“A Spy in the Archives”, Sheila Fitzpatrick, MUP, 2013
This book is an enjoyable read on a number of levels. The author, Sheila Fitzpatrick, achieved first class honours from Melbourne University in 1963 with the thesis, “Music and the People in the USSR”. She observes that the custom in those days was for Australians graduating with first class honours and wishing to undertake postgraduate studies was to head to Oxford or Cambridge. Within that custom was the requirement to have the financial means to support those studies. Fitzpatrick secured a Commonwealth Scholarship and was offered places at Oxford and LSE. She chose the former placing herself under Cold War Sovietologist, Max Hayward, who had translated Dr Zhivago.
She was one of a handful of women in 1964 to attend St Antony’s College, an institution alleged to have close ties to the British intelligence community. She claims that she went to Oxford in 1964 ready to be disappointed and she was; Oxford was not in the business of teaching its postgraduate students rather it was a matter of hanging around and absorbing the atmosphere.
Her respect for Max Hastings gradually evaporates with the realisation that he is an ideologue on the side of Russian intellectuals and émigrés who are essentially anti-Soviet. And this is where the book is really interesting. Fitzpatrick comes from the intellectual position of wanting to find out what makes the Soviet Union tick. She is neither pro nor anti Russian, seeking to establish the essential truth or truths within what she comes to discover is an intriguingly complex and Byzantine state, beginning with her quest to access the archives of the USSR.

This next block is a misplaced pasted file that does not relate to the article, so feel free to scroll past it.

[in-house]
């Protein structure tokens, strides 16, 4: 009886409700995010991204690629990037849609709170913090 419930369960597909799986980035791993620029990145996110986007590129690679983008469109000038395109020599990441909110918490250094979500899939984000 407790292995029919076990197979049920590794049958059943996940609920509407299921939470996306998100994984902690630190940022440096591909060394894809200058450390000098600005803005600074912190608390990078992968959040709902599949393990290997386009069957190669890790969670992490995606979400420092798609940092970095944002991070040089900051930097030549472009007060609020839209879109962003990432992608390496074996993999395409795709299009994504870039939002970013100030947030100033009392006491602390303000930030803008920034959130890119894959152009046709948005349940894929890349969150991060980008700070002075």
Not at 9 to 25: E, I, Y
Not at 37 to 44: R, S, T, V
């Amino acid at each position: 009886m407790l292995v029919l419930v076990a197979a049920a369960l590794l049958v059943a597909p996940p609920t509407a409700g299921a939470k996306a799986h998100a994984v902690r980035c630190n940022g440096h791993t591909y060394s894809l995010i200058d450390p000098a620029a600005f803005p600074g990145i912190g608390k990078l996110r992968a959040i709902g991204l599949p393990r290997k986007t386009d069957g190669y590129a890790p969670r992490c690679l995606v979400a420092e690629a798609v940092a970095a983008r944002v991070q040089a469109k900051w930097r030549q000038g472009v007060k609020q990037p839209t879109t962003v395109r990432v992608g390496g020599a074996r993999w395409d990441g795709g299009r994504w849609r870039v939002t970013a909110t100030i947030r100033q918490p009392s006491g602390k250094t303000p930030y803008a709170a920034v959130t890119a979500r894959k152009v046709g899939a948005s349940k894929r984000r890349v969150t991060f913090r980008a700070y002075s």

I must confess some personal interest, having studied the Soviet Union in my honours degree at the University of Western Australia, 1968/71, under the absurd subject heading, ‘Communism, Fascism and Democracy’ and further within units of International Relations. UWA was divided ideologically between Cold War warriors who, despite or perhaps because of the war in Vietnam, went all the way with LBJ and romantic Russian loving soft lefties, who over many drinks referred to each other as comrade. At that time I looked in vain for the insights and analysis of the Soviet Union afforded us by Fitzpatrick in this book.